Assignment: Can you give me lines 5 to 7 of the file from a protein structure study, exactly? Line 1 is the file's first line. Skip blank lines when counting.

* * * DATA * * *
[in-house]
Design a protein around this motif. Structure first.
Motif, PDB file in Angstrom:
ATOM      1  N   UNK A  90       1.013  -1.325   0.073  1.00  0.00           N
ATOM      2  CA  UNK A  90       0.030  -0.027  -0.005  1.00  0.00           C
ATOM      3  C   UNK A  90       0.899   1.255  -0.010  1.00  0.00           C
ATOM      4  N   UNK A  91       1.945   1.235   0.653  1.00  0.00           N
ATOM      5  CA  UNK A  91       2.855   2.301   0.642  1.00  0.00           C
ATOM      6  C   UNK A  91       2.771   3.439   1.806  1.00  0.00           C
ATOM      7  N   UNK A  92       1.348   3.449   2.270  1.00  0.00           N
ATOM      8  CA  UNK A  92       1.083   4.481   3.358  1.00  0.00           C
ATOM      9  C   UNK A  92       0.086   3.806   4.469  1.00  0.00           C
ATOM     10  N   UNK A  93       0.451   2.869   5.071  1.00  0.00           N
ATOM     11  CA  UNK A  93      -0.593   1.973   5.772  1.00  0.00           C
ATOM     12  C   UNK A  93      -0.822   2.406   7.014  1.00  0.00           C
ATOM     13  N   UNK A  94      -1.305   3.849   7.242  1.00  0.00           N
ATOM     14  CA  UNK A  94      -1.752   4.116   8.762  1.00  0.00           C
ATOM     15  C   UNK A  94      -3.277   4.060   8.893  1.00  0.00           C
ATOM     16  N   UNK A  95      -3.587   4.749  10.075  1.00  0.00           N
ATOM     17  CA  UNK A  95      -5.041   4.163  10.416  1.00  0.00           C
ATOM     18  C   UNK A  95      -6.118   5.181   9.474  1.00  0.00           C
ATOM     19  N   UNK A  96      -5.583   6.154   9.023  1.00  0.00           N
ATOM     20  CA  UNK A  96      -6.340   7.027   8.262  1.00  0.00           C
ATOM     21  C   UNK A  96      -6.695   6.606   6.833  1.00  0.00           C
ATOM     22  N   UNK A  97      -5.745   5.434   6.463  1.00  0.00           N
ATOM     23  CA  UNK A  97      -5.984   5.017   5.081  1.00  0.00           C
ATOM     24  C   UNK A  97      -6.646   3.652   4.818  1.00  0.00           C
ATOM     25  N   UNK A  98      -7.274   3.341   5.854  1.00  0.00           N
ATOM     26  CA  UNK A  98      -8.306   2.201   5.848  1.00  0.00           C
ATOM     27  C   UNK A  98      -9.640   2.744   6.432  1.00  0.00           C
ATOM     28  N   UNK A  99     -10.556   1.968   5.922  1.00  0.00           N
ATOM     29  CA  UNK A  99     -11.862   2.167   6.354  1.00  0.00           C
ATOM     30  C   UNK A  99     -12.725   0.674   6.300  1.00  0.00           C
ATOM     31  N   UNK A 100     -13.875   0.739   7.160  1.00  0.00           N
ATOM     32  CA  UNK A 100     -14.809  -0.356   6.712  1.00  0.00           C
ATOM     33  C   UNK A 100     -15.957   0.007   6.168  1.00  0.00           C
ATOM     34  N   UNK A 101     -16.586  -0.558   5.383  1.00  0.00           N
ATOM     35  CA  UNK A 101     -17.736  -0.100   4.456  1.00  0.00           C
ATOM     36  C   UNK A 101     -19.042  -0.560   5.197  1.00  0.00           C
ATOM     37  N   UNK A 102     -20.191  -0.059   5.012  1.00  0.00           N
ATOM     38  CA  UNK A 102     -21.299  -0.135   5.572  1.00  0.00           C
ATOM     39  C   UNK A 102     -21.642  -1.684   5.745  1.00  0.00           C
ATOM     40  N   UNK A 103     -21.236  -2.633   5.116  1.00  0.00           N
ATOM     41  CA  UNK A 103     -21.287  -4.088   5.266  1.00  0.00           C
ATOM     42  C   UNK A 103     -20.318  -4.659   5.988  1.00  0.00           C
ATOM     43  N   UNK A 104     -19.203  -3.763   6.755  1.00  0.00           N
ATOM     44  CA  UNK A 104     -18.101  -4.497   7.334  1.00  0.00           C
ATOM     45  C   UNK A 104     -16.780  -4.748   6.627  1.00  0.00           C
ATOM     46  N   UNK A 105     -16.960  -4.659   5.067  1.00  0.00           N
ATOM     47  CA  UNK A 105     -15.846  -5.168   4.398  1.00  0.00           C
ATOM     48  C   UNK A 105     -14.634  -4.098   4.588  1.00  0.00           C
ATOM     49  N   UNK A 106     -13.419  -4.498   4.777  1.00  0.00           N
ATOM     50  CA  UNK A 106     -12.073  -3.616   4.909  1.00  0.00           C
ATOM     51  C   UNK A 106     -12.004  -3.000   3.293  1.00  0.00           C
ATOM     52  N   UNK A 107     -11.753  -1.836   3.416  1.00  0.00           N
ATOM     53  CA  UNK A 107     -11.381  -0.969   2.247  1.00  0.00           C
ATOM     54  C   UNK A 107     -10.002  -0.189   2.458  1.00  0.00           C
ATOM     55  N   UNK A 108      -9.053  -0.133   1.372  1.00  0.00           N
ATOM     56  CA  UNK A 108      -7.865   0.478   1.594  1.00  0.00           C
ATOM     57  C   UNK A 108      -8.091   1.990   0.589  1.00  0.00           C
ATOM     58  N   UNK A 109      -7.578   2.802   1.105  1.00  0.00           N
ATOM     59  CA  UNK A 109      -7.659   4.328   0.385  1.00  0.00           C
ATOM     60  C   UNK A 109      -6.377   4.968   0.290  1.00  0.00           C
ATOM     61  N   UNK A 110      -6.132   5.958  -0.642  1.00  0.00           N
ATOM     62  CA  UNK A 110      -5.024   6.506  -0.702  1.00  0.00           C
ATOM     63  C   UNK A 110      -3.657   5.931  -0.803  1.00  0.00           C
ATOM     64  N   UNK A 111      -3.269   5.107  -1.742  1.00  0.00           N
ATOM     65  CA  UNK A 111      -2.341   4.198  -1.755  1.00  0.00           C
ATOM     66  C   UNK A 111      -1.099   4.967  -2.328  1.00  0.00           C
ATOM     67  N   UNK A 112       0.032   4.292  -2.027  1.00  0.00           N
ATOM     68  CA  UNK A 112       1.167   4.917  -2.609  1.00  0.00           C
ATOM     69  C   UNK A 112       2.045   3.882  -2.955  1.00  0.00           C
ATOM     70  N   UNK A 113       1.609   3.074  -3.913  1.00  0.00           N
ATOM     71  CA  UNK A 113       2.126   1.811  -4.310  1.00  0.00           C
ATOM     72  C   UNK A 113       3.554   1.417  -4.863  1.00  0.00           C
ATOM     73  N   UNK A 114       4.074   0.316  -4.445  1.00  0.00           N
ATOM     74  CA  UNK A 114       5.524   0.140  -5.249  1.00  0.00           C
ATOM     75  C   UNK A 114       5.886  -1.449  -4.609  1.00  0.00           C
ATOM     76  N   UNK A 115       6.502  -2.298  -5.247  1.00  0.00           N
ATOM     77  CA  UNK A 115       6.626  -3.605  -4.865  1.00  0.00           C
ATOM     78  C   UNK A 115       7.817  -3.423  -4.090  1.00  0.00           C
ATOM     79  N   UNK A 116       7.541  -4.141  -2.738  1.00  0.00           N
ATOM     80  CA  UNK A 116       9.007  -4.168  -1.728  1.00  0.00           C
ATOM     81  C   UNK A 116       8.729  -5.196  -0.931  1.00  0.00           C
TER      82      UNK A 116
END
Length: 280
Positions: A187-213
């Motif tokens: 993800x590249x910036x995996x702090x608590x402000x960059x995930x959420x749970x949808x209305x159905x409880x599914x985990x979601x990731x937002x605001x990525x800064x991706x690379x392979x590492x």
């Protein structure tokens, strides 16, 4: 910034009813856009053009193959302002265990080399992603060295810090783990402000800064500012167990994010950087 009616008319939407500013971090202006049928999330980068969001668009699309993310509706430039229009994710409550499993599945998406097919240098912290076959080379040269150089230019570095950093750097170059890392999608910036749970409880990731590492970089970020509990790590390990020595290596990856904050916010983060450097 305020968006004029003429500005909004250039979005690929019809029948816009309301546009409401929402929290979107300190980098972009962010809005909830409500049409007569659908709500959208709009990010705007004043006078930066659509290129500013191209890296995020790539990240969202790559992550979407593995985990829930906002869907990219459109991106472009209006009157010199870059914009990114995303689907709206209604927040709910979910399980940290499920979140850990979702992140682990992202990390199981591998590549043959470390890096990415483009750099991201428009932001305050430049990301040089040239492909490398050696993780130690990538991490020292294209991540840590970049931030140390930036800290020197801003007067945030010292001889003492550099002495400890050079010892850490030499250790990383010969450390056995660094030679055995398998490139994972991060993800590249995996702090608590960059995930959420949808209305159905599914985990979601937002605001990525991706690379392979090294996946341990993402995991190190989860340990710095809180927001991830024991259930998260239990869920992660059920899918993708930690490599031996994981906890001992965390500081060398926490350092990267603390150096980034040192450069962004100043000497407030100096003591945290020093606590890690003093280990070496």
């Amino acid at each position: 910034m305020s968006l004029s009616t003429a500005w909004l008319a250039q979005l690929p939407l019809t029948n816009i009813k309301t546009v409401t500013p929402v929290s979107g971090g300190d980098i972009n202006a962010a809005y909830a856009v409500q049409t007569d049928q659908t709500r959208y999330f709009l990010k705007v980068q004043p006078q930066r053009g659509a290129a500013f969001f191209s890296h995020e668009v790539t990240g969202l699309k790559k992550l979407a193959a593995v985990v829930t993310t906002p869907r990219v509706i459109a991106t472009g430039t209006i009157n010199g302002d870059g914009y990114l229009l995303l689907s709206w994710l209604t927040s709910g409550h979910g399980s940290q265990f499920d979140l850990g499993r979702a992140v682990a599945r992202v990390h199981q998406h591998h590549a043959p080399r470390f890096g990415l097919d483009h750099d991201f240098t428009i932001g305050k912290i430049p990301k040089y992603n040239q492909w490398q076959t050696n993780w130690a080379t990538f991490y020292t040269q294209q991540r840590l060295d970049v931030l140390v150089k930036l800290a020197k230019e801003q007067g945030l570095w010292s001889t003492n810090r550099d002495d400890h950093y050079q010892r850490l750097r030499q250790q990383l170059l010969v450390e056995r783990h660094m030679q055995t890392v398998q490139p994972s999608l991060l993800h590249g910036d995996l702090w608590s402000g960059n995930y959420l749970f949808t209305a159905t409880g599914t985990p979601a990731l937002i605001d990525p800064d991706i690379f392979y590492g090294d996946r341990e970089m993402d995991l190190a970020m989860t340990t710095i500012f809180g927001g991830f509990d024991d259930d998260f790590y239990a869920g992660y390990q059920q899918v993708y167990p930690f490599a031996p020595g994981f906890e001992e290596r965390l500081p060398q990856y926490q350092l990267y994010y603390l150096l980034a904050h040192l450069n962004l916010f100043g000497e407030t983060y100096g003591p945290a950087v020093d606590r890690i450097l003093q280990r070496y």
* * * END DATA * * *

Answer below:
ATOM      2  CA  UNK A  90       0.030  -0.027  -0.005  1.00  0.00           C
ATOM      3  C   UNK A  90       0.899   1.255  -0.010  1.00  0.00           C
ATOM      4  N   UNK A  91       1.945   1.235   0.653  1.00  0.00           N